The award provides funding to host Rosemarie Garland-Thomson and Karen Nakamura as part of UCLA Disability Studies' conference on Disability as Spectacle. This interdisciplinary conference aims to stimulate a discussion around how society constructs, reacts, and embraces or rejects visible and invisible disabilities in the public sphere. As visibility continues to increase in popular culture, scholars will need to confront a changing landscape in which (some) disabilities are de-stigmatized while others are prevented from participating in the new visibility.
Archaeology increasingly uses three-dimensional recordings of excavations, buildings and landscapes as well as virtual reality models to reconstruct developments over time. With the increasing power and popularity of 3DVR gaming systems, immersive environments become viable stages in which archaeological and historical theories can be tested. For academic purposes, it is extremely important to clarify how much of an immersive environment is based on actual data and what the level of speculation is used for the reconstruction of each detail and phase.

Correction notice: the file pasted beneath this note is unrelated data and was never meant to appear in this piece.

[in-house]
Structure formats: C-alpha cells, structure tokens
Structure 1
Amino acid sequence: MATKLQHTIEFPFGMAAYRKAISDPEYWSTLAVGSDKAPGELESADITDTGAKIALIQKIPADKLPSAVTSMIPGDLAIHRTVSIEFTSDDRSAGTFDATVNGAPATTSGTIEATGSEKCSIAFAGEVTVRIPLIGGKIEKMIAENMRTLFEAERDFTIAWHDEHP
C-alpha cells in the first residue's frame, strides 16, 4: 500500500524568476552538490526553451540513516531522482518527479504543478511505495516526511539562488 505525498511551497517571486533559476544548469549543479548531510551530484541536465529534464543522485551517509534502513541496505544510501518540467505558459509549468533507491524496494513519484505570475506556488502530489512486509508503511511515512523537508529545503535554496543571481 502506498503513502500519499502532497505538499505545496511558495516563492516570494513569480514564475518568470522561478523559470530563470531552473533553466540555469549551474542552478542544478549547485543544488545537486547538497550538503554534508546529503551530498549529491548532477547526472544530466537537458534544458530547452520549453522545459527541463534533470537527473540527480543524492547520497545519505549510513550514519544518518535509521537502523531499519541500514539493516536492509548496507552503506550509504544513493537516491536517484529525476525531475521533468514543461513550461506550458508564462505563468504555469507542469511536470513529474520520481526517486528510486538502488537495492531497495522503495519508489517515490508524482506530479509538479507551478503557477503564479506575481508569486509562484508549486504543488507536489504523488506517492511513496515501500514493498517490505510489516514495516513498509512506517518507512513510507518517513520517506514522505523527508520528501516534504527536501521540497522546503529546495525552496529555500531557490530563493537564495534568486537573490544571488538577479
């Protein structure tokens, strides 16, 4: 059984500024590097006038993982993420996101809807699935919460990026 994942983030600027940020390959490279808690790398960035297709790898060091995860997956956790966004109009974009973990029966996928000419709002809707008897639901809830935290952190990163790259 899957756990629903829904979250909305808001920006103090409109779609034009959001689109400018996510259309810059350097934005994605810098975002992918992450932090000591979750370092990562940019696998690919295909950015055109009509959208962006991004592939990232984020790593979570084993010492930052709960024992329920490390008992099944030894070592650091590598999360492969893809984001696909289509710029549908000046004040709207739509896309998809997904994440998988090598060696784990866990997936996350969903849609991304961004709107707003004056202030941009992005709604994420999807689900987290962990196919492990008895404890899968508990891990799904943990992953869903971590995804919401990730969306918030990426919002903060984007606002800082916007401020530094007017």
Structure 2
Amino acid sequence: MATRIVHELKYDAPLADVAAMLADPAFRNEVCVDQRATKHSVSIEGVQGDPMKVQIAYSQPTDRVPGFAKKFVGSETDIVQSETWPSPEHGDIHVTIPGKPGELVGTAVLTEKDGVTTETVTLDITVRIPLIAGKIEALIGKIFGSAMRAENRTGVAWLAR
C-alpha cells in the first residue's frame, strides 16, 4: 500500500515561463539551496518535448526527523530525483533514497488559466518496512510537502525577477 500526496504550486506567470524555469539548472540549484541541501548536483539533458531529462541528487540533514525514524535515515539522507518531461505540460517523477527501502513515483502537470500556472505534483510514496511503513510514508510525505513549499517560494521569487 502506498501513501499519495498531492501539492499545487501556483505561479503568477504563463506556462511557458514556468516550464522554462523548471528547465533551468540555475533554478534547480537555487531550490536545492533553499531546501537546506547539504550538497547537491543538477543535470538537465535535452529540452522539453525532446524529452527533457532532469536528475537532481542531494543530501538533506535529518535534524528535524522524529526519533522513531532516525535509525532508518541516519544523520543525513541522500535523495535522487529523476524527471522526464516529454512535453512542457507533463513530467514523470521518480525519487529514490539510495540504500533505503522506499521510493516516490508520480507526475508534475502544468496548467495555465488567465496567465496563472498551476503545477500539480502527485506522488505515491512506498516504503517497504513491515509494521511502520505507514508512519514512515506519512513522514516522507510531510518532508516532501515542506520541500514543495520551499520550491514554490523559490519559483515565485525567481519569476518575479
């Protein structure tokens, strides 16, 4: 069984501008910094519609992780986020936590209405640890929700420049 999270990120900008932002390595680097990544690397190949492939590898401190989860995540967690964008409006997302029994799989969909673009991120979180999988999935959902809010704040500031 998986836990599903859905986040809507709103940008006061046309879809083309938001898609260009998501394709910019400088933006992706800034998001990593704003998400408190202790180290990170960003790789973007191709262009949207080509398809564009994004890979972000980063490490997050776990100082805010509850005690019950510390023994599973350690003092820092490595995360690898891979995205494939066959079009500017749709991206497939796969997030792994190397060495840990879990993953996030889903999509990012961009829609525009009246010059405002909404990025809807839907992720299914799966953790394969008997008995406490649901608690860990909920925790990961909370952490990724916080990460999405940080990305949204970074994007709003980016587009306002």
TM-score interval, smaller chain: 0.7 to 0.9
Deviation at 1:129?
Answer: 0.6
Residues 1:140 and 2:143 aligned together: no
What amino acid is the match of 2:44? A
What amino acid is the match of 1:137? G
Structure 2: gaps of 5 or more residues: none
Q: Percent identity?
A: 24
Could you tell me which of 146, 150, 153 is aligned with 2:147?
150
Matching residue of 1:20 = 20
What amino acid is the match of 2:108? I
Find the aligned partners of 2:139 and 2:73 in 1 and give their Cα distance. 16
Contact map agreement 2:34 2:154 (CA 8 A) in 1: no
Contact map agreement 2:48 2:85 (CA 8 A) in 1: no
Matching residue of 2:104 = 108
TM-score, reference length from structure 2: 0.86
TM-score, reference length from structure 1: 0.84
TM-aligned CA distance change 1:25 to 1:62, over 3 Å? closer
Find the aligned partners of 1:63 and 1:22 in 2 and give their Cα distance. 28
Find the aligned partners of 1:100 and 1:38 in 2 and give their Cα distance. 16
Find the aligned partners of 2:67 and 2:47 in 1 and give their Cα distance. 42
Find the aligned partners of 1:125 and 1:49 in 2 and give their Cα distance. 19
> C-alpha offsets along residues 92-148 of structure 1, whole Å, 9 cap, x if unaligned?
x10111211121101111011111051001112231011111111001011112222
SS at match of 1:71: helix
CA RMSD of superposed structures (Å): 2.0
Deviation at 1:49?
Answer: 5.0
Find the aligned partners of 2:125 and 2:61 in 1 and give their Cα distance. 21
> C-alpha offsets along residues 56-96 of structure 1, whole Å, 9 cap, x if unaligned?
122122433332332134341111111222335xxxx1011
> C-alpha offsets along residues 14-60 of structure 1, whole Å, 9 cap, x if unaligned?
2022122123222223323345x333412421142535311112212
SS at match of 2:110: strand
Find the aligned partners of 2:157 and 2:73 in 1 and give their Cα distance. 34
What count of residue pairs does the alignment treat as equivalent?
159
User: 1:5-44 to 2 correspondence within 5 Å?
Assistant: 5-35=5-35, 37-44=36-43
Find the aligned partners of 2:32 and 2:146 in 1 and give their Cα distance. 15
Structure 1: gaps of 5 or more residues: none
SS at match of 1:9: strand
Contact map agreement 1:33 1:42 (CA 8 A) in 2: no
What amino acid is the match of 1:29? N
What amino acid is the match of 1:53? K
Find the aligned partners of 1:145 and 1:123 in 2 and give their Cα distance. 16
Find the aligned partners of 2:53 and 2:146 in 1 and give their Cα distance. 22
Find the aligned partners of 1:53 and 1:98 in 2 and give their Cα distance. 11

Collaboration between Center X in the Graduate School of Education and the Mapping Indigenous LA project to offer a series of teacher training workshops.
The UCLA Latin American Institute is a vital regional, national, and international resource on Latin America. Since its founding in 1959, the LAI has equipped generations of leaders, professionals, and students with the information and skills required for understanding the vast and complex region of Latin America. The LAI supports research by funding grants and foreign-language instruction, and disseminates recent scholarship through conferences, workshops, public programs, teacher training, and publications.